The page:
Wyandotte County prosecutors have charged Curtis Horn with two counts of first-degree murder and arson in connection with a fatal fire.
Altogether, Horn faces 19 felony charges. The 37-year-old man is accused of starting a fire at an apartment that killed a woman and a young girl she was babysitting.
A judge set bond at $1 million.
Police said Horn said he set the fire early Saturday at the Legend Oaks Apartment after getting into a fight with his girlfriend, Brandi Johnson.
The fire killed the 34-year-old woman and 2-year-old Amiyah McClenton. Residents say other tenants escaped after some residents ran through hallways pounding on doors to alert people to the fire.
Johnson, who was taking care of the child, was pronounced dead at the scene. Amiyah was rescued from the building, but authorities said she died a short time later at a hospital.
Amiyah's family said Johnson was dating Horn. An apparent argument led to the suspect's unthinkable actions, police and family members said.
A family member of the suspect coaxed Horn into turning himself in over the weekend. Authorities thanked Horn's family for their cooperation and assistance.
Neighbors said they are glad an arrest was made, but angry that an innocent child was killed.
Fifteen of the charges against Horn were for child endangerment. Each count is for the children who were in the building when the fire broke out.
Norma Bowren lives right next door to the building that burned. She said her two baby granddaughters were home when the fire broke out, and it terrifies her to think it could've been them.
"It's heartbreaking," Bowren said. "You don't know whose life you're affecting. You're messing with other people's lives."
The flames lit up the morning sky just before 6 a.m. near North 76th Drive and Garfield Court. The popping of the flames awoke residents and onlookers, as dozens of firefighters swarmed the apartment complex.
"I woke up to my neighbors banging on my door talking about the apartment's on fire, apartment's on fire," said Tamara Clark, who helped her neighbors escape. "We got the kids up, we got all the kids in the cars trying to keep them warm. We don't know what happened. They said it started in No. 12."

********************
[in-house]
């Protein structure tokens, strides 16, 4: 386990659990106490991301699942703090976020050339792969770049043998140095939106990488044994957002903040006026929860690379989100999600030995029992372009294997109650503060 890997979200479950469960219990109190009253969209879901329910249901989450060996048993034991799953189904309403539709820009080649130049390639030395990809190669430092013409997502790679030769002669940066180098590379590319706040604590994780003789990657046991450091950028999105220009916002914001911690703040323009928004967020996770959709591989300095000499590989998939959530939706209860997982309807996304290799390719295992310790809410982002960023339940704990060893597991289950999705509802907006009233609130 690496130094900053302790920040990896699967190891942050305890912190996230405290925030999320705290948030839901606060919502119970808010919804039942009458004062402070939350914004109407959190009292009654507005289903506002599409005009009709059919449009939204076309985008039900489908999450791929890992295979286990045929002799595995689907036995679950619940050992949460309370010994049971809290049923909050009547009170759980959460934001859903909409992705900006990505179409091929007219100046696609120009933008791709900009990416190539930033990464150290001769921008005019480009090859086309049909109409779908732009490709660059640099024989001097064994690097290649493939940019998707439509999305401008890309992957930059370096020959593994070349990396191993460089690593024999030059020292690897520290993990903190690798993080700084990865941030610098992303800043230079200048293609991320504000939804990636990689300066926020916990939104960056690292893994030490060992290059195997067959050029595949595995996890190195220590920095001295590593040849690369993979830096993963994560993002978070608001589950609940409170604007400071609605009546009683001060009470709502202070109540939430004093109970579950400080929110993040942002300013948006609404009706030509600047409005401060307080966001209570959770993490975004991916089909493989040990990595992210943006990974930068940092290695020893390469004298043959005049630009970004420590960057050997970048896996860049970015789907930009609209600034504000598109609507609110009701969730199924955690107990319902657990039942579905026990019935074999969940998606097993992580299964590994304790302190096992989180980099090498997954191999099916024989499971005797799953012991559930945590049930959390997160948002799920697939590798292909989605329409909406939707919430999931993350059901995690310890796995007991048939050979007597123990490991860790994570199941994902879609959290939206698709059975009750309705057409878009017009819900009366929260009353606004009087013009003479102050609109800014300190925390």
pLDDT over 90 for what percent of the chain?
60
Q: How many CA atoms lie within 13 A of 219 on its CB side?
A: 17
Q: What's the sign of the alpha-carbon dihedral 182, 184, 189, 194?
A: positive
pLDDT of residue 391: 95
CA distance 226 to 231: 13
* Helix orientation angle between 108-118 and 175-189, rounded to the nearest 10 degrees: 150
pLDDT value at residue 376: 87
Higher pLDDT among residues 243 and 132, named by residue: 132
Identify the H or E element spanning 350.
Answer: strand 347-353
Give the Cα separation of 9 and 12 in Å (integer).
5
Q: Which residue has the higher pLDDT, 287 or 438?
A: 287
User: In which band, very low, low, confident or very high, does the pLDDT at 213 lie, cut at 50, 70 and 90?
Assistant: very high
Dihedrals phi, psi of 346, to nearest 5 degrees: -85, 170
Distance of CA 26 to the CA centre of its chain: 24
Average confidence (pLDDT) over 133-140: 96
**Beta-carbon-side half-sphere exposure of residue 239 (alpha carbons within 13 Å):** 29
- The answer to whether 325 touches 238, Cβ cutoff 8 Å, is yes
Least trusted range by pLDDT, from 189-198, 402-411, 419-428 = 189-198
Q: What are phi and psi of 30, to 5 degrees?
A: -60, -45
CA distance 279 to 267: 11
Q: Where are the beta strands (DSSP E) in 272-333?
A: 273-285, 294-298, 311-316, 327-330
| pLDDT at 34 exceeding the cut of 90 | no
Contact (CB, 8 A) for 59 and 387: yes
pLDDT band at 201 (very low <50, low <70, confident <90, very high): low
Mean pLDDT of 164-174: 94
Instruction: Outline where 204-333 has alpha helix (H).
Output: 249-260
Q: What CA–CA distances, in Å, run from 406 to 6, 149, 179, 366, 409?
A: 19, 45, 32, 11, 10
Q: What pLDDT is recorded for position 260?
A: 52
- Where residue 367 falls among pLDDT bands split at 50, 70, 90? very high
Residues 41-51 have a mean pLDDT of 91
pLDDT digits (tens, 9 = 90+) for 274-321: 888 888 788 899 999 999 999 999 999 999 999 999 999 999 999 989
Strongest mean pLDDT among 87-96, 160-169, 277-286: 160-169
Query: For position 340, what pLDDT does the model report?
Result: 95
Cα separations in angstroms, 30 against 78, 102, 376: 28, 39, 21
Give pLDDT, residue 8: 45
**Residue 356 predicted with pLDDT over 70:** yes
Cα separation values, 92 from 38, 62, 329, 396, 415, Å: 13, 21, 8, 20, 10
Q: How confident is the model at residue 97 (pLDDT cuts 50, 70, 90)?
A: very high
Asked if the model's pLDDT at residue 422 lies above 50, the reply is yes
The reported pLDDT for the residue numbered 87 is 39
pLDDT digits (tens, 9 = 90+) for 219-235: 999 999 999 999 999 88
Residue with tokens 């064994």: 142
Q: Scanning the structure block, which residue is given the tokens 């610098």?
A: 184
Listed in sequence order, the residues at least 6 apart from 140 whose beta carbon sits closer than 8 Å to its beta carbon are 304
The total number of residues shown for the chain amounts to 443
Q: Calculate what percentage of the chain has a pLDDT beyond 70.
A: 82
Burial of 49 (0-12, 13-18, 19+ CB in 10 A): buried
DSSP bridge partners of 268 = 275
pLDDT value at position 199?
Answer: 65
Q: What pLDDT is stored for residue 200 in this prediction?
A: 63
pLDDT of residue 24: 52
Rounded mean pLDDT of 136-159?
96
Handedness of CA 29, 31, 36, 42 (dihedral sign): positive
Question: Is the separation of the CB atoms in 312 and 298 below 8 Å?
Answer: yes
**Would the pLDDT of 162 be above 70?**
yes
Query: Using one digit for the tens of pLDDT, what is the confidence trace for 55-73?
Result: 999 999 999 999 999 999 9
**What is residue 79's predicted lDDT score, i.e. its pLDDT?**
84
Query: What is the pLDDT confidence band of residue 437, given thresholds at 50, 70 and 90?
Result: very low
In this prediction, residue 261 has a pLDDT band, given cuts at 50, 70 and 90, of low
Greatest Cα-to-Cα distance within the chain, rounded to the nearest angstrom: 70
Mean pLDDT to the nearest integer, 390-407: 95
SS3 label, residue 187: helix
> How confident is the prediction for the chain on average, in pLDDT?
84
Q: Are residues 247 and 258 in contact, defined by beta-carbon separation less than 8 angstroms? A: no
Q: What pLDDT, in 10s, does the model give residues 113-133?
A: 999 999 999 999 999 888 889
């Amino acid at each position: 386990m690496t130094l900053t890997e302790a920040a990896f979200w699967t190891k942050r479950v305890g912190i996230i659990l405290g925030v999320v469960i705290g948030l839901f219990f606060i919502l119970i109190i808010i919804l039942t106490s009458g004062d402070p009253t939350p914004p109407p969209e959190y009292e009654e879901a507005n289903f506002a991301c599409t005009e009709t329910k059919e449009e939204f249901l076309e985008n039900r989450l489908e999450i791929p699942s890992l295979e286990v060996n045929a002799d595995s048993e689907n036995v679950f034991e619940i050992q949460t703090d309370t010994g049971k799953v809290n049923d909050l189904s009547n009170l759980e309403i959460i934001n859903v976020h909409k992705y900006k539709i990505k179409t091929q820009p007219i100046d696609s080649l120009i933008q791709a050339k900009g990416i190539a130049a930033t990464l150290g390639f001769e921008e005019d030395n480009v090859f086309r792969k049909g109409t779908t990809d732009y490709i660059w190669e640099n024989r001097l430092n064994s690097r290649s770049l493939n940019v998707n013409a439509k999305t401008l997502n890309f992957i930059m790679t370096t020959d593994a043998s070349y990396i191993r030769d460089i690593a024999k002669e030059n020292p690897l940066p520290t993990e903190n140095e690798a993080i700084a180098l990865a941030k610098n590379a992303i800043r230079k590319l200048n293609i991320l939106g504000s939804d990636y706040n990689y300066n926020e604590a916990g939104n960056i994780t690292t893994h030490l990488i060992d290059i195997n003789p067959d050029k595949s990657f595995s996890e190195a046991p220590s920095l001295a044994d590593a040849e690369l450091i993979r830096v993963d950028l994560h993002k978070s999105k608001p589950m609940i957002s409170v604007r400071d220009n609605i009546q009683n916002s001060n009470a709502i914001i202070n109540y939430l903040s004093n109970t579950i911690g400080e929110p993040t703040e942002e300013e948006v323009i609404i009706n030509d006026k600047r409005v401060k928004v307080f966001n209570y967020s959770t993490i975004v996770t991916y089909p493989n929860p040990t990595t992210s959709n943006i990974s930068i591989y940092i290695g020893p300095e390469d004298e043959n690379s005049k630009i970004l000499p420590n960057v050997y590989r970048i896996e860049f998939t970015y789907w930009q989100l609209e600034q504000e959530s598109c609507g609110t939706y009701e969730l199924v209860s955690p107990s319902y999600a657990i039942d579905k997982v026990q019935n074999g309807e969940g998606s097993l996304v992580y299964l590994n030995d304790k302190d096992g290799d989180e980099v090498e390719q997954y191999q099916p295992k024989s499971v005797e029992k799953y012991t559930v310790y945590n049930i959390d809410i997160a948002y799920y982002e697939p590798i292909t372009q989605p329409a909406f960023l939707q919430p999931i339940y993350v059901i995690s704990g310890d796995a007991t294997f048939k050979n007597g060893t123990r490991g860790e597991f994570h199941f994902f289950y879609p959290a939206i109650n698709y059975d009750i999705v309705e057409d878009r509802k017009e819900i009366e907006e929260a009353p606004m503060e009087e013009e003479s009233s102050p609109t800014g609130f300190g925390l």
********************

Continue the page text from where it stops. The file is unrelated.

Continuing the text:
As firefighters worked to put the fire out, neighbors looked on. Some who were living a safe distance away watched from their balconies.
Darime Figueroa lives on the top floor just feet from where the fire started. Her 14-year-old son woke her up.
"He turned on all the lights and he said like, ‘mom, mom, we got to get out, there's a fire' and I was like, ‘what do you mean there's a fire' and all of the sudden all the fire alarms started going off like crazy," Figueroa said.
She, her family and many others stood helplessly by as firefighters went from apartment to apartment searching for and putting out hotspots.
"I got four kids. I got a 1 1/2, a 4 and a 7 and him at 14. All we did, we just grabbed one of each other, we just grabbed one of the kids and we ran out," Figueroa said. "By the time we got out, we were like in the middle section that's when the flames started coming out like crazy."
All she and her family could do was watch, knowing it could have been much worse.
"Me and my husband and my kids are doing OK. We're like more than OK, but we see this and we're like, ‘what are we going to do now. Where are we going to?'" she said.
Figueroa is not alone.
More than two dozen people were displaced, and the Red Cross is helping those put out of their homes.
KCTV5's Amy Anderson, Abby Kerner and DeAnn Smith contributed to this report.
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